In response to:
Dangerous Acquaintances from the February 23, 1967 issue
To the Editors:
Professor Meyer Schapiro in his review [NYR, Feb. 23] of Dr. Zeligs’s new book, Friendship and Fratricide, an Analysis of Whittaker Chambers and Alger Hiss, declares himself to have been “an old friend” of Whittaker Chambers. It is, of course, to Professor Schapiro’s credit that he makes this declaration in his review. It is regrettable, however, that you should have chosen to review a book on the Hiss-Chambers conflict, an old friend of one of the parties. For Professor Schapiro, as may sometimes befit an old friend, and as does not befit a reviewer, glosses over an important fact, central to the controversy about which he writes. Before the libel action, he says, Chambers “had avoided the imputation of espionage to the underground group.”
This will not do. Chambers did not just avoid an imputation. He denied, under oath, any knowledge of espionage. At the libel hearings he was cross examined about this by Hiss’s counsel and the following exchange took place:
Counsel: Then the fact is, is it not, that you were asked directly by the grand jury under oath whether there was any espionage, and you said you had no recollection?
Chambers: That is right.
Counsel: Was that answer true or false?
Chambers: That answer was false.
Counsel: Then you admit that you testified falsely and committed perjury before the grand jury in this building, is that right?
Chambers: That is right.
Alger Hiss was convicted of perjury on Chambers’s testimony, backed by some important material evidence (the typewriter). Mr. Hiss, having served his sentence, still denies the offense. Professor Schapiro has the right to reject that denial, as he does. There is, however, an important fact which tells in Mr. Hiss’s favor: that the man on whose testimony he was convicted of perjury was himself a self-confessed perjurer. To present the perjurer Chambers as a mere avoider of an imputation involves an injustice to Mr. Hiss.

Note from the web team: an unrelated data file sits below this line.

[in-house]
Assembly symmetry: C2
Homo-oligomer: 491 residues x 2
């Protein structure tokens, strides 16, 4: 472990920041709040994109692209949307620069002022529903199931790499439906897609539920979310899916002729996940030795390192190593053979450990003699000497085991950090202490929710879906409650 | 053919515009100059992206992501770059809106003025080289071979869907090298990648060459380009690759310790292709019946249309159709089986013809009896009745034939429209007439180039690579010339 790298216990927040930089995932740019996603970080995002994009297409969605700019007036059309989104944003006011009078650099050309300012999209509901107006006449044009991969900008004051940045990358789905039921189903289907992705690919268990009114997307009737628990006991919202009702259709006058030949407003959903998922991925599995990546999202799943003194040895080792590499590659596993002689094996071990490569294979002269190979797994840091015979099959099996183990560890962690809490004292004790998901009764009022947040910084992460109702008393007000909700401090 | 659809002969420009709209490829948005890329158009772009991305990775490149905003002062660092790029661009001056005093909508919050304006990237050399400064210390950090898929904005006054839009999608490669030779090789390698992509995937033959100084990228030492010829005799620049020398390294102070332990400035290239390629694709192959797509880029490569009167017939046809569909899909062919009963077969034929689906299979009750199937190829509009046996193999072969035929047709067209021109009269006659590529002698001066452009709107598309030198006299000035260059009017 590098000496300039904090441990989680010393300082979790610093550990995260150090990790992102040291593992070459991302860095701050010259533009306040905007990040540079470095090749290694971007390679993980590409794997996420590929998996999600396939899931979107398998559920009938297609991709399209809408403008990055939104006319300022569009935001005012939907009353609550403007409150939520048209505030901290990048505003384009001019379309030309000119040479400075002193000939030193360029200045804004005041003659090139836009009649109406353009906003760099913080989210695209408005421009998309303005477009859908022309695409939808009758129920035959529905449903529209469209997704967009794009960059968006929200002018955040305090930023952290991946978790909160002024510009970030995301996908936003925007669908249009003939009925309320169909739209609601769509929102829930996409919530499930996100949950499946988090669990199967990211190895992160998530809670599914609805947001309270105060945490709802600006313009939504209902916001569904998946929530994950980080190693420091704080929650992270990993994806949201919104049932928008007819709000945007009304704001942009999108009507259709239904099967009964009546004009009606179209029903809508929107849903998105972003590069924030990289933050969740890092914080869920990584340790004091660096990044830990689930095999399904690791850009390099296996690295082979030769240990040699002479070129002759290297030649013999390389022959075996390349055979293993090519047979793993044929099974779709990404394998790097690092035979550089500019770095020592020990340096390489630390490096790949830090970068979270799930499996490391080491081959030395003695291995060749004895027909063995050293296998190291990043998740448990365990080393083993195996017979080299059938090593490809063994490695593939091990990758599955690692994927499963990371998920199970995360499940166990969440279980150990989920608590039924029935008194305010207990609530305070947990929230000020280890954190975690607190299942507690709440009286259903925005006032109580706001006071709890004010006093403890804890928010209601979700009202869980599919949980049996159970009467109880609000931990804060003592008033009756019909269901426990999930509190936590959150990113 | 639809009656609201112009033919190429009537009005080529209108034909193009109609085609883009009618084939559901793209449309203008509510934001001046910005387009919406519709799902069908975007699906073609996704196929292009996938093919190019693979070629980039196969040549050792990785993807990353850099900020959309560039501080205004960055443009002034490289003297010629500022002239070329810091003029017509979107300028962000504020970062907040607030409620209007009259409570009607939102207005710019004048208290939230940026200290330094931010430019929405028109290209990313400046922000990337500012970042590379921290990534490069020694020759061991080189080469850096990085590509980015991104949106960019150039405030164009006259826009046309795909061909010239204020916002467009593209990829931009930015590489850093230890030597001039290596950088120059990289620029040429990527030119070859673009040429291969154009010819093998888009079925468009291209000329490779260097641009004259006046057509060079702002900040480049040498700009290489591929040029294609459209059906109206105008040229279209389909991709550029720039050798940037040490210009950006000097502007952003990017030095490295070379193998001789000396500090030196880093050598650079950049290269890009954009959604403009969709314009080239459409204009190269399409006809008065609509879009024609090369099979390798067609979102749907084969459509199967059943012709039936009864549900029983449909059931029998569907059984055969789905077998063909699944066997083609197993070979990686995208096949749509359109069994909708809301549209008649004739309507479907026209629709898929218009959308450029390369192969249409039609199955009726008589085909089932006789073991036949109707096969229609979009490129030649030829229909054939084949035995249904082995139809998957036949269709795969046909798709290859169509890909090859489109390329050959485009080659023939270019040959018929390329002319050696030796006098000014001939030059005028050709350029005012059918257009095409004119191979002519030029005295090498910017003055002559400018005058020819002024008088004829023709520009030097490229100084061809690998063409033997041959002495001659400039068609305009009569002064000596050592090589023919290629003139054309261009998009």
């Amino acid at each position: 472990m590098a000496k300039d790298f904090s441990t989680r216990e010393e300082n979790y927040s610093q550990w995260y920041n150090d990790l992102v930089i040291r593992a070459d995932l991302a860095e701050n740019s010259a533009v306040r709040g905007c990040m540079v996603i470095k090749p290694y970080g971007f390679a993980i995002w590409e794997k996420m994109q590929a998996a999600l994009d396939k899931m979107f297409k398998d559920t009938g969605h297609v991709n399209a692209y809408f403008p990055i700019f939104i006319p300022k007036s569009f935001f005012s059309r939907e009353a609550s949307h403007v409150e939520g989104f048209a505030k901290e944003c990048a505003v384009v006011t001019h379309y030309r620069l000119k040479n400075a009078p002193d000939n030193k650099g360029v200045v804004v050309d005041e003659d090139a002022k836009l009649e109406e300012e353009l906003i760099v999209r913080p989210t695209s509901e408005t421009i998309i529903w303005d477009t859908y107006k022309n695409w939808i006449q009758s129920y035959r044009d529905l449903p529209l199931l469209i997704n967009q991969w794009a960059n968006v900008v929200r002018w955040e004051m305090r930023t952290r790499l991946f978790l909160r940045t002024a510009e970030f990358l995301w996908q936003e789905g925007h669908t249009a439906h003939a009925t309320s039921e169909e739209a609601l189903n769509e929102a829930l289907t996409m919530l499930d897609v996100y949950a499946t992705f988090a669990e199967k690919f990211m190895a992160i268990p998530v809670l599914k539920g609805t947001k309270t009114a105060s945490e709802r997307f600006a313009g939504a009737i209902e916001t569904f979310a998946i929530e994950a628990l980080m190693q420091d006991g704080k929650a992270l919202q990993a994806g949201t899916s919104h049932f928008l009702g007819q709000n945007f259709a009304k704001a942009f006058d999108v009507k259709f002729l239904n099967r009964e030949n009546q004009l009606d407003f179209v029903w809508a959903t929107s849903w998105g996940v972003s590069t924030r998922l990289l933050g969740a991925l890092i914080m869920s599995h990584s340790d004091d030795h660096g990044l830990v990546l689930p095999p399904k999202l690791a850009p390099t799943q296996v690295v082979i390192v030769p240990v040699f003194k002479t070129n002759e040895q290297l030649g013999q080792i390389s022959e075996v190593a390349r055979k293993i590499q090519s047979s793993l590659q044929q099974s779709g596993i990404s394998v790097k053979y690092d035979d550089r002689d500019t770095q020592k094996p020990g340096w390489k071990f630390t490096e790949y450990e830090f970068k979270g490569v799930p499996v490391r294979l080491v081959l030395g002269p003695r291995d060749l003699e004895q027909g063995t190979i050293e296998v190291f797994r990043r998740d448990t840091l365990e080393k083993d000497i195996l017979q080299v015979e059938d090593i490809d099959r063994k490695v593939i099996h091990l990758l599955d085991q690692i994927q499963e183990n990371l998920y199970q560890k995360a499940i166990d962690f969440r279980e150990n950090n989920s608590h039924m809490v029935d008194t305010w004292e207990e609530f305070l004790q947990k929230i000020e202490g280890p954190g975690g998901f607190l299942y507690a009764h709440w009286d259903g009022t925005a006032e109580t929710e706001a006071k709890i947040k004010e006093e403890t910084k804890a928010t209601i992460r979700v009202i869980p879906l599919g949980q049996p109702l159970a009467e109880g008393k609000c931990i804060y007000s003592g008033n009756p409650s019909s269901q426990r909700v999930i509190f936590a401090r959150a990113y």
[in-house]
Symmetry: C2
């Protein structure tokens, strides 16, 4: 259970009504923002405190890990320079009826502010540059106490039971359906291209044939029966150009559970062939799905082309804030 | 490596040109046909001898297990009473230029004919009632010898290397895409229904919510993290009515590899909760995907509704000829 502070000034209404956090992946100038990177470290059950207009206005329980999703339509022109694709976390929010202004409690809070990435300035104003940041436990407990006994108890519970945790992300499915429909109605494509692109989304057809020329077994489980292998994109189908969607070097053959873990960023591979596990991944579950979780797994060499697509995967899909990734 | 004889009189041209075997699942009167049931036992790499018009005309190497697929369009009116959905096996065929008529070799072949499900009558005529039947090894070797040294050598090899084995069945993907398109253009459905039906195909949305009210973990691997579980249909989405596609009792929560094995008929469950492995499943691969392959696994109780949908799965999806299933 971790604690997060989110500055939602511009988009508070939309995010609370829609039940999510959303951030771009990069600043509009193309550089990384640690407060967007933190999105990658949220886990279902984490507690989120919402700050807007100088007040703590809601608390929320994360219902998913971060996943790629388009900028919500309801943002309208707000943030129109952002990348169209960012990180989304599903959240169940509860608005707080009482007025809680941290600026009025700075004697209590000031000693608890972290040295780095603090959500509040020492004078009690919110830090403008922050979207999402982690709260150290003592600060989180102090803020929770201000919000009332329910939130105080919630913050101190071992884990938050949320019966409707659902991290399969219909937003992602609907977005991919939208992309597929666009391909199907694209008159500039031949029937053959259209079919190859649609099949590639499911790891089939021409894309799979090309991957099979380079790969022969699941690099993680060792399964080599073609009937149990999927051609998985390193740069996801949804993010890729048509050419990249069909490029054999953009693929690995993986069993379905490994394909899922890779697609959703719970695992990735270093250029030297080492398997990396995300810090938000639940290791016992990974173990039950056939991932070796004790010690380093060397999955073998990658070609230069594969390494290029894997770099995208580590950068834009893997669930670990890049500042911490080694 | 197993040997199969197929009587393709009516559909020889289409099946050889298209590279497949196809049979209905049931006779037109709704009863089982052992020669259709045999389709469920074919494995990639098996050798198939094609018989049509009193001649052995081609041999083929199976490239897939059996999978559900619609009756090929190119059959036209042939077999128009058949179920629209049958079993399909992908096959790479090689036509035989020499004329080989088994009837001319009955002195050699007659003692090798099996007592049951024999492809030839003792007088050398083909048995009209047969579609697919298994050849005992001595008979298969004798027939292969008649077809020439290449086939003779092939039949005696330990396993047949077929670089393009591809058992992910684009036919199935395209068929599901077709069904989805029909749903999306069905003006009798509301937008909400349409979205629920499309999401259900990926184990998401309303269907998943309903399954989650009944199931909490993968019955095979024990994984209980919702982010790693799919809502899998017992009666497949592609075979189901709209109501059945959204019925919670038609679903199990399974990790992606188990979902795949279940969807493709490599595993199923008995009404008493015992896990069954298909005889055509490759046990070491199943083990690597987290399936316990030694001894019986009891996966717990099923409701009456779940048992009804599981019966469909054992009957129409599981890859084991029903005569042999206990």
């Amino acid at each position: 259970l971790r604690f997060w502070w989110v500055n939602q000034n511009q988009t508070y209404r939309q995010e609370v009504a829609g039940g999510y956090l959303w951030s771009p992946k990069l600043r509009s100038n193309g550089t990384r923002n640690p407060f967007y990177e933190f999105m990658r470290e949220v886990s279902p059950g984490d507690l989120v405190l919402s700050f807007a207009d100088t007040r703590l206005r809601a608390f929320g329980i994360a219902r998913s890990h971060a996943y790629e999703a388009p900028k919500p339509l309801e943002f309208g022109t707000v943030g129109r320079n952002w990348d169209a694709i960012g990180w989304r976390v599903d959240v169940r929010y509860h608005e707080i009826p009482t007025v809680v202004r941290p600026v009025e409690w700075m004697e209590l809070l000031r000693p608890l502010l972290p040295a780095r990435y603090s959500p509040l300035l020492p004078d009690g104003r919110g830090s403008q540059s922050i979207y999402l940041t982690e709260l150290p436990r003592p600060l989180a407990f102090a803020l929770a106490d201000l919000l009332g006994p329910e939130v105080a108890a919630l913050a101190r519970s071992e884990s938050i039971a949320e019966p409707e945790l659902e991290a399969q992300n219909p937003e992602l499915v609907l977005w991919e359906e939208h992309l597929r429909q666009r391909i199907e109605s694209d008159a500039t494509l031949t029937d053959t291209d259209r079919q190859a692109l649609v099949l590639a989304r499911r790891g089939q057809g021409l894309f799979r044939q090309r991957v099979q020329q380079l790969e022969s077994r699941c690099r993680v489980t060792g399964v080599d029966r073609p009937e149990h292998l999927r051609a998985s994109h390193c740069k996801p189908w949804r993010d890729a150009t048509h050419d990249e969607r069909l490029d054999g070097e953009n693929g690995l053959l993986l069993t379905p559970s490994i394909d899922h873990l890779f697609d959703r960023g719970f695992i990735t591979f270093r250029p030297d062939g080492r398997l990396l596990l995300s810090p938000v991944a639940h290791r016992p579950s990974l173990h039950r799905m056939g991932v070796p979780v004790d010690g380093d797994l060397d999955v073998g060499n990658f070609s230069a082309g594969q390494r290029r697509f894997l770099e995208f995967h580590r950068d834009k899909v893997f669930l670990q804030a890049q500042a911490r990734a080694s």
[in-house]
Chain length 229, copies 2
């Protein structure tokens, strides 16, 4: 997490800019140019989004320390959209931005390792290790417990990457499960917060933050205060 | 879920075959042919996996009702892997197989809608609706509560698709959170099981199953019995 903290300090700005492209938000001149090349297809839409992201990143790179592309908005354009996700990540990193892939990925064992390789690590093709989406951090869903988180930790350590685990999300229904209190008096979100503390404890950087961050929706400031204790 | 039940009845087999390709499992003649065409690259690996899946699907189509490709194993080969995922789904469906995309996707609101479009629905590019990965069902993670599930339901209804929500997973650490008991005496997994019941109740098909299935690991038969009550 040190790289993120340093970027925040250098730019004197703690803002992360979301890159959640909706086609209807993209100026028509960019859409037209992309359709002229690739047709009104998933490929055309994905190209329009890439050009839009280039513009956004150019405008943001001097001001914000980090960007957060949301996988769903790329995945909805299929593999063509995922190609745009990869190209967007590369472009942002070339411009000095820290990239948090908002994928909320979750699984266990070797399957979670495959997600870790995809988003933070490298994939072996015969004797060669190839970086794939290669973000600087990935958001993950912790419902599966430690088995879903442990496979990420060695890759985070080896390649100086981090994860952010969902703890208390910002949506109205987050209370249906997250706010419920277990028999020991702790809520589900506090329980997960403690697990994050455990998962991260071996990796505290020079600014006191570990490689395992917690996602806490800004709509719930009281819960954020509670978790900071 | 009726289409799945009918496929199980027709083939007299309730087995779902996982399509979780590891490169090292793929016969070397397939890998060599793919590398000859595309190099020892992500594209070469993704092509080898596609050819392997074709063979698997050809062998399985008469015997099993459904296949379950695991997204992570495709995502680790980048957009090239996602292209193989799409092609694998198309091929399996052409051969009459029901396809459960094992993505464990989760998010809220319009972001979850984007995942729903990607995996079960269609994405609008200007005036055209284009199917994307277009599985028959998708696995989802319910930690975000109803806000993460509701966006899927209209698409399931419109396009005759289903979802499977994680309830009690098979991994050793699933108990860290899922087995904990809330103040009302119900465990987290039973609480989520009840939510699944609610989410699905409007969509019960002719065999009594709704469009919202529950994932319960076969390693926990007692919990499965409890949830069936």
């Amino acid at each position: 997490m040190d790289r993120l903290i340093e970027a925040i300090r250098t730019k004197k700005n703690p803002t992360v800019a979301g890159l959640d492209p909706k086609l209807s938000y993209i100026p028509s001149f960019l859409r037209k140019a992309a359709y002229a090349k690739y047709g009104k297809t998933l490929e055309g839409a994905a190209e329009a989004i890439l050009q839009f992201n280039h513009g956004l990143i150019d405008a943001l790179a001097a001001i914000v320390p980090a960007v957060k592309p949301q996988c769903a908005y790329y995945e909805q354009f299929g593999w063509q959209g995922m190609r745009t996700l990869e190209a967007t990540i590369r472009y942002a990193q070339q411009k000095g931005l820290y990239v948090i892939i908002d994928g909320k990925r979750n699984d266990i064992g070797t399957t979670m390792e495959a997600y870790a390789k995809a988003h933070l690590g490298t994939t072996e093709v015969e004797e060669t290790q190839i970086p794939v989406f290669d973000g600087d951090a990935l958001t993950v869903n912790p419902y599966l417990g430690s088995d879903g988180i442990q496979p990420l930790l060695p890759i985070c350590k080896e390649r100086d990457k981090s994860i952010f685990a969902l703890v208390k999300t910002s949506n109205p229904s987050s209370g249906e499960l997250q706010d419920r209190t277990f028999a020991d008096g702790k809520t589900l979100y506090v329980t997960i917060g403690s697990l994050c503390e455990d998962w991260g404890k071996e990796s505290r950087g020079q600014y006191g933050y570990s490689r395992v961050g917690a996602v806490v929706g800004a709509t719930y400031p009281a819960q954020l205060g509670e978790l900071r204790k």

Conor Cruise O’Brien
New York City
Meyer Schapiro replies:
The one detail that Professor Conor Cruise O’Brien selects to show my unfitness to review Dr. Zelig’s book is a passage on a point that is not at all, as he thinks, “central to the controversy” over Hiss’s innocence. Nor does it concern my judgment of the quality of the book as a psychoanalytic investigation. That Chambers, prior to the law suit, perjured himself in denying knowledge of espionage is a matter of record. My point was that without Hiss’s “unfortunate law suit the charge of espionage and the ensuing indictment for perjury would not have been made.” It was this libel suit that brought out the whole wretched story. Until then Chambers’s denial of espionage protected Hiss as well as Chambers. It has yet to be shown how Chambers’s confessed perjury—which is perjury only if one believes that he had in fact been a Communist spy—invalidates the “important material evidence” that Professor O’Brien admits led to Hiss’s conviction.
True Confession? May 4, 1967